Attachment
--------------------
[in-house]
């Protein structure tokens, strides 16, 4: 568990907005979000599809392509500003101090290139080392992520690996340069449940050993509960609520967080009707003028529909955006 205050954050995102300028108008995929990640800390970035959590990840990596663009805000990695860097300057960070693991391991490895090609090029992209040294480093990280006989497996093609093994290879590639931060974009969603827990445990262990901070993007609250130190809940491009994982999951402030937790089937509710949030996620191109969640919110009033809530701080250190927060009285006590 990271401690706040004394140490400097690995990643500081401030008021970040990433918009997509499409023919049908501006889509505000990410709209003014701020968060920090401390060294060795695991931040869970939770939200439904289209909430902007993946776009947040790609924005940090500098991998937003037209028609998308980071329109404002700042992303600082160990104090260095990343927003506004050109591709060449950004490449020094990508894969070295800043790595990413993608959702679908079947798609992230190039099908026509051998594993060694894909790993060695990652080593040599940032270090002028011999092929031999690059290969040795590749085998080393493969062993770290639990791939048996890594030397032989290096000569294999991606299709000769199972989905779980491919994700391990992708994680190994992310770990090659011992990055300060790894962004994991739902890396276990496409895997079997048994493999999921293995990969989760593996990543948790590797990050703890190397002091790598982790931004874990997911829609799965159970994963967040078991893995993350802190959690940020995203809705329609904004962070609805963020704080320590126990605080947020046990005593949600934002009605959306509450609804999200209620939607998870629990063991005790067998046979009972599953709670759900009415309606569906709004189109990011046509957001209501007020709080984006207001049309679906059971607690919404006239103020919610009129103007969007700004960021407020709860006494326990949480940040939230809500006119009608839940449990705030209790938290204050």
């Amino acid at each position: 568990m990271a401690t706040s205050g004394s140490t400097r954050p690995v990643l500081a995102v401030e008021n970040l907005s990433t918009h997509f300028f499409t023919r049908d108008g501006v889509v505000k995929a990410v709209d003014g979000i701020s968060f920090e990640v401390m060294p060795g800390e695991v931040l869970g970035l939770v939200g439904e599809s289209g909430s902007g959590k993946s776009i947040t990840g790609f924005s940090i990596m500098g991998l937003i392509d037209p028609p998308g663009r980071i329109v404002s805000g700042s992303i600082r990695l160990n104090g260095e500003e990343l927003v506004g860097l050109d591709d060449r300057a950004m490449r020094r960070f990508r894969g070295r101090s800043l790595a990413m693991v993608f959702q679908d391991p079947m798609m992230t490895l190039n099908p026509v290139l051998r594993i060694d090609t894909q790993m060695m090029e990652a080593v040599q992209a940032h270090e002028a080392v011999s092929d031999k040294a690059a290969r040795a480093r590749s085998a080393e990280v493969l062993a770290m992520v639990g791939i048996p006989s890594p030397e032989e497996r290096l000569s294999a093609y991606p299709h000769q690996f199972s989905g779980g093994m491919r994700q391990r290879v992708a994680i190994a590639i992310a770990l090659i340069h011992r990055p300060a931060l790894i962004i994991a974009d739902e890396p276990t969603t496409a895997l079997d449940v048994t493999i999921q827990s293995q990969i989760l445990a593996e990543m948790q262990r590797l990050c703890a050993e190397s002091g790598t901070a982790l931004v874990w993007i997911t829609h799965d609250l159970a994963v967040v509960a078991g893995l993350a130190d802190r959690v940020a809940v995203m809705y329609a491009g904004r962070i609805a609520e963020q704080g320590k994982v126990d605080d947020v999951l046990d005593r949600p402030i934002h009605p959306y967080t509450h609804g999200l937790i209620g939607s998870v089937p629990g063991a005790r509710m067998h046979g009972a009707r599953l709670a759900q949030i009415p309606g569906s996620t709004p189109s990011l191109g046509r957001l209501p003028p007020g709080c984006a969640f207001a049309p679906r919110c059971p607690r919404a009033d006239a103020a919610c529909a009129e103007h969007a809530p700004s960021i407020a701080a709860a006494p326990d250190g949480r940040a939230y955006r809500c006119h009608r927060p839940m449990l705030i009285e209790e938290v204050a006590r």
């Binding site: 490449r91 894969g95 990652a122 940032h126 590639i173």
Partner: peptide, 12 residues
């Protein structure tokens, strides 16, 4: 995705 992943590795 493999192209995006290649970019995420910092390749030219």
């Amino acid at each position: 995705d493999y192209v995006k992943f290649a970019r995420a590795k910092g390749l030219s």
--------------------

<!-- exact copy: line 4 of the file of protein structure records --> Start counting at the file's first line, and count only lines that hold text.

């Binding site: 490449r91 894969g95 990652a122 940032h126 590639i173």